It may surprise us that the disciples initially did not understand what Jesus meant when he proclaimed the Divine Presence of the Holy Spirit. In reality God`s promise of the Holy Spirit should not have been such a mystery to the followers of Jesus for the origin of the promise can be traced back in the Old Testament to both to Jeremiah and Ezekiel. In Jeremiah 31:31 – 33 we find God had promised to make a new covenant with His people. He promised to put his law within his people, writing it on their hearts, that he may be their God and that they may be his people. In the prophecy of Ezekiel we find that God promised to put a new human spirit within his people, to remove their hearts of stone and to give them a heart of flesh (11:19, 18:313 and 36:26) and in 36:37 his Spirit “enables them to follow his statues and be careful to observe his ordinances” Later, this is affirmed in St. Paul`s First Letter to the Corinthians 3: 16 when he writes, ”Do you not know that you are God`s Temple and that God`s Spirit dwells in you ?”
When we speak of the Holy Spirit as the “Spirit of Truth” we acknowledge part of His role as Advocate for as the Spirit of Truth he guides the church into all truth. When it says that the Holy Spirit “abides with you”, and “He will be in you” it means that he will be both with the Church and in every Christian. Just as he makes his dwelling within the Church, that was instituted by Jesus on the night that he was betrayed, so also he makes his dwelling in each and everyone of us who are Temples of the Holy Spirit.(1 Cor. 3:16). Members of the Church are the living stones that let themselves be built into a spiritual house, (1 Peter 2:4) Jesus himself being the cornerstone, chosen and precious, that whoever believes in him may not be put to shame. (1 Peter 2:6). This word, `Advocate` - a word with legal connotations, meaning a `helper` or `mediator` or `Counsel for the Defence` is used by Jesus when he says, “And I will asks the Father, and He will give you another Advocate, to be with you for ever.”(John 14:16) Why does Jesus say “another Advocate” ? Who was the first Advocate ? None other than Jesus himself for in St. John`s First Letter (1 John 2:1) we find these words: “My little children, I am writing these things to you so that you may not sin. But if ianyone does sin, we have and Advocate with the Father, Jesus Christ the righteous.”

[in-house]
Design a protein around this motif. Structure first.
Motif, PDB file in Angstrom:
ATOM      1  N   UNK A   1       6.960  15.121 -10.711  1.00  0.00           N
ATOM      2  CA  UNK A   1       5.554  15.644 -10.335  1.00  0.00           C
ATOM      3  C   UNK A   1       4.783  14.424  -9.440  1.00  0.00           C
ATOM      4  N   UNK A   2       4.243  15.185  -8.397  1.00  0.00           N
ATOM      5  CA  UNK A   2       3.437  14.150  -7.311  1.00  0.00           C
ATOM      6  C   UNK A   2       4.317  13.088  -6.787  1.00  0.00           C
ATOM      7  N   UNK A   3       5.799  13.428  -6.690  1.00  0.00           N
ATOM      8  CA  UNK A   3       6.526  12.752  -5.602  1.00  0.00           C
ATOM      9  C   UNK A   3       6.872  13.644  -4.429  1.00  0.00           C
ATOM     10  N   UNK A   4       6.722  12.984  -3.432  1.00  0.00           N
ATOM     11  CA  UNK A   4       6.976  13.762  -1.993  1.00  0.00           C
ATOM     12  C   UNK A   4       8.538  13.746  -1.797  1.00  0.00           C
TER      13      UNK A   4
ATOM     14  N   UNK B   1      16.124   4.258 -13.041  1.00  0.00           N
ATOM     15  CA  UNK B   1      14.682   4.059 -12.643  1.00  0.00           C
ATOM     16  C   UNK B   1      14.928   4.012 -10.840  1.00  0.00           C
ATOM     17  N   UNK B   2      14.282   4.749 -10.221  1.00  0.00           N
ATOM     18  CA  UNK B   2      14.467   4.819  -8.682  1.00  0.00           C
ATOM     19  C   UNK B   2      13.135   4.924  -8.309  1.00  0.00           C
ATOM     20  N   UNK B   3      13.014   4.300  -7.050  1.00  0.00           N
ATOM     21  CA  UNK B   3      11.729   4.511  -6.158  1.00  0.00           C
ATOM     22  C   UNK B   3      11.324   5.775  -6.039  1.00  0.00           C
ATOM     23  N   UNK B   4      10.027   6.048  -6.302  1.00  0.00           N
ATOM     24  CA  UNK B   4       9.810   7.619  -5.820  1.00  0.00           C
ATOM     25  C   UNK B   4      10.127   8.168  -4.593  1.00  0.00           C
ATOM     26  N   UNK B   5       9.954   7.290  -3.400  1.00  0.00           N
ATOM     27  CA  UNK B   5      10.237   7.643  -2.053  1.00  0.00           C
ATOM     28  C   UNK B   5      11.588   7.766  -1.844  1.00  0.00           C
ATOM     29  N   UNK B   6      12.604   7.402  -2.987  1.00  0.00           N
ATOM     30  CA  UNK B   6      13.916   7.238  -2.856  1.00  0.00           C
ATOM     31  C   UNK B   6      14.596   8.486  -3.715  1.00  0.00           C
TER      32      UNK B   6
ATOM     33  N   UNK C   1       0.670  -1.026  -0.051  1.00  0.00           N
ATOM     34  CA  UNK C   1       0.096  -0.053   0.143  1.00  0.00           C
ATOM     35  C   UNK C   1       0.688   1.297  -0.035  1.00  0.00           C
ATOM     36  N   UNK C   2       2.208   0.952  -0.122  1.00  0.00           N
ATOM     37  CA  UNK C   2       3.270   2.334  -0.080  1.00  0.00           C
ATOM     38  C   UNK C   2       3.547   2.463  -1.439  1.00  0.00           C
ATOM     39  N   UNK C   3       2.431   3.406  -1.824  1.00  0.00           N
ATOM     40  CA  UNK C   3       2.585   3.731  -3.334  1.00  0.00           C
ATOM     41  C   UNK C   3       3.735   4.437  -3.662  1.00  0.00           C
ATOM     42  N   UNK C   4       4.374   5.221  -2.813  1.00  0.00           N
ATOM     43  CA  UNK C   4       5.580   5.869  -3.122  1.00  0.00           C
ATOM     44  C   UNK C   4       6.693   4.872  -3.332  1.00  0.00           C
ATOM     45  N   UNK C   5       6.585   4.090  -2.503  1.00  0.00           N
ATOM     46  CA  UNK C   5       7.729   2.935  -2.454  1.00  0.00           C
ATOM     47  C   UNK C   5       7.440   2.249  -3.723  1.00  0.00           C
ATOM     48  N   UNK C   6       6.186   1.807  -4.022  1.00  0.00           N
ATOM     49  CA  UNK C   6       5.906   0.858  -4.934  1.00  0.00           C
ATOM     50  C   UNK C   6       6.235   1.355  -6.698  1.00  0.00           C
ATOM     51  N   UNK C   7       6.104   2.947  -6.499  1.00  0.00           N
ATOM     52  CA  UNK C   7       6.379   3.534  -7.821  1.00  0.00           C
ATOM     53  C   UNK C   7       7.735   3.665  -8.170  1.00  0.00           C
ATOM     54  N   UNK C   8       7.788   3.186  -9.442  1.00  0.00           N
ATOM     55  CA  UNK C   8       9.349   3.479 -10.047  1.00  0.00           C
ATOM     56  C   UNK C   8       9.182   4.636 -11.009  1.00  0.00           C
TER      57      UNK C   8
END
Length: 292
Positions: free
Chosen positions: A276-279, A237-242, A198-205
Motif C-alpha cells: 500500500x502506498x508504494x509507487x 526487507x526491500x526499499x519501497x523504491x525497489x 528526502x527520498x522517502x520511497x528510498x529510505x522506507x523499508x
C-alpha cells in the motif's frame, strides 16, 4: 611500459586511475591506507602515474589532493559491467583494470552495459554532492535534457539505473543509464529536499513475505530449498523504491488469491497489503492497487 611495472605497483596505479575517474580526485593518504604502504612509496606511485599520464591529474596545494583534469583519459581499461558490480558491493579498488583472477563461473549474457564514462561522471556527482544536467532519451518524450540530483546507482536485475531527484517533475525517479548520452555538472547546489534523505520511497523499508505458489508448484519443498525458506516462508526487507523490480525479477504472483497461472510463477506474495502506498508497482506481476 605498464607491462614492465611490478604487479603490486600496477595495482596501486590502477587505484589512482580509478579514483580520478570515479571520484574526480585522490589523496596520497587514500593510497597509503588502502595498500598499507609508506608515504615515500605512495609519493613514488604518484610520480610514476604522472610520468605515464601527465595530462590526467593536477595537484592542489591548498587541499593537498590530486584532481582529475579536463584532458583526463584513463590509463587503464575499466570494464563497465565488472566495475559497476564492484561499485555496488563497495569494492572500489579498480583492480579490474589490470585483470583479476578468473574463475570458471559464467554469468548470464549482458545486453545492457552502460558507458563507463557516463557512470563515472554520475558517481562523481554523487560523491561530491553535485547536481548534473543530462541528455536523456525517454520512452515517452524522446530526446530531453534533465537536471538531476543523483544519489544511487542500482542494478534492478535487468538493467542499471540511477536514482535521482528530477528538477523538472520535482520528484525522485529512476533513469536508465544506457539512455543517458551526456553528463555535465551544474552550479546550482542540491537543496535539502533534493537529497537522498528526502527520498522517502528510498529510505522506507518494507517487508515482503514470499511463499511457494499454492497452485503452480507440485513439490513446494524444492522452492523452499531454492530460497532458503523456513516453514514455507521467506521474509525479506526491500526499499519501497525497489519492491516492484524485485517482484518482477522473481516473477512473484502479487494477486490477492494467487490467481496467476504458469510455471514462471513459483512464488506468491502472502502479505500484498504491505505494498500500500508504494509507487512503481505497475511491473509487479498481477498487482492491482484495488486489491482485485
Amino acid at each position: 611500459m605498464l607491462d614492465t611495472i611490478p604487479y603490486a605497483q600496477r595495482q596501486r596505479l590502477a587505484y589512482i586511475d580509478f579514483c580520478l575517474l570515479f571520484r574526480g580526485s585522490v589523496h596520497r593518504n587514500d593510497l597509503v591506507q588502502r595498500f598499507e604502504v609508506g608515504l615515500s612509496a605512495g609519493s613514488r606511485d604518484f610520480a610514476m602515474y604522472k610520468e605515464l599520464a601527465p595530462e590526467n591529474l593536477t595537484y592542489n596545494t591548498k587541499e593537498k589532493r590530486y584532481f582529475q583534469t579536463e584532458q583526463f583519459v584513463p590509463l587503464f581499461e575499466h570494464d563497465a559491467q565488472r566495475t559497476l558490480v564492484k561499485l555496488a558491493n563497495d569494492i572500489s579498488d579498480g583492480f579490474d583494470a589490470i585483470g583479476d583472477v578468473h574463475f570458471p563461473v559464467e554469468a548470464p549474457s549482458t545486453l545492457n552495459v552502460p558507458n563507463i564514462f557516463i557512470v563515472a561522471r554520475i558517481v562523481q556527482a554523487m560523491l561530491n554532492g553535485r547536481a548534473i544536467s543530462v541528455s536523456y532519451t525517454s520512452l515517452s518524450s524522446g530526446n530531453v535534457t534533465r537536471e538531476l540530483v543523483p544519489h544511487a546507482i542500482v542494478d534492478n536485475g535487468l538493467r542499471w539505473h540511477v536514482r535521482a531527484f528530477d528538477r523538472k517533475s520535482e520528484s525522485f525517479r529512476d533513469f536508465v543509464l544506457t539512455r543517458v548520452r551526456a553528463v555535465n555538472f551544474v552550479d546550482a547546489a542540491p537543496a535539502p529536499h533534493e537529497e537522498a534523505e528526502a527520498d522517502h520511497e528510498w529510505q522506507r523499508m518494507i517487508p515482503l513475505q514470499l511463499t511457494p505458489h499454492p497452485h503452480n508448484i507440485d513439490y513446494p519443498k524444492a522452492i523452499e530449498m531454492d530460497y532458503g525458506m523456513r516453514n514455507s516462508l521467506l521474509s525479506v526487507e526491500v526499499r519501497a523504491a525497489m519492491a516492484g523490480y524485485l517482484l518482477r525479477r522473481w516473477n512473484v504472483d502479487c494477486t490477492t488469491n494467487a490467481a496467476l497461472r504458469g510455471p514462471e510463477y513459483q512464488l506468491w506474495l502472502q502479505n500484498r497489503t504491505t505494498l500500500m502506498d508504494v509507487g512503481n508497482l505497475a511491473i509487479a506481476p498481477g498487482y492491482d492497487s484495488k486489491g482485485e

Going back to today`s gospel reading we are reminded that Jesus promised that he would not leave his followers, then or now, as orphans. Indeed, as a sign of his infinite love for each and everyone of us, he has opened the door to our adoption as children – as brothers and sister of Jesus Christ the Son of God! And it is because we are such children that God has sent the Spirit of his Son into our hearts, crying, “Abba! Father!” So we are no longer a slave but a child, and if a child then also an heir, through God. (Gal.4:6).
Perhaps, in our own difficult COVID-19 age, we do well to be reminded that no one accumulates Heavenly treasure by acknowledging the spiritual laws of love and obedience of Christ. Heavenly treasure is accumulated only by applying the life of Christ to our lives. Actions produce credits; words fade away! As the apostle St. James writes in his Letter: “What good is it, my brothers and sisters, if you say you have faith but do not have works ? Can faith save you ? If a brother or sister is naked and lacks daily food, and one of you says to them, `God in peace, keep warm and eat your fill,` and yet you do not supply their bodily needs, what is the good of that ? So faith by itself, if it has no works, is dead.” (James 2: 14-17)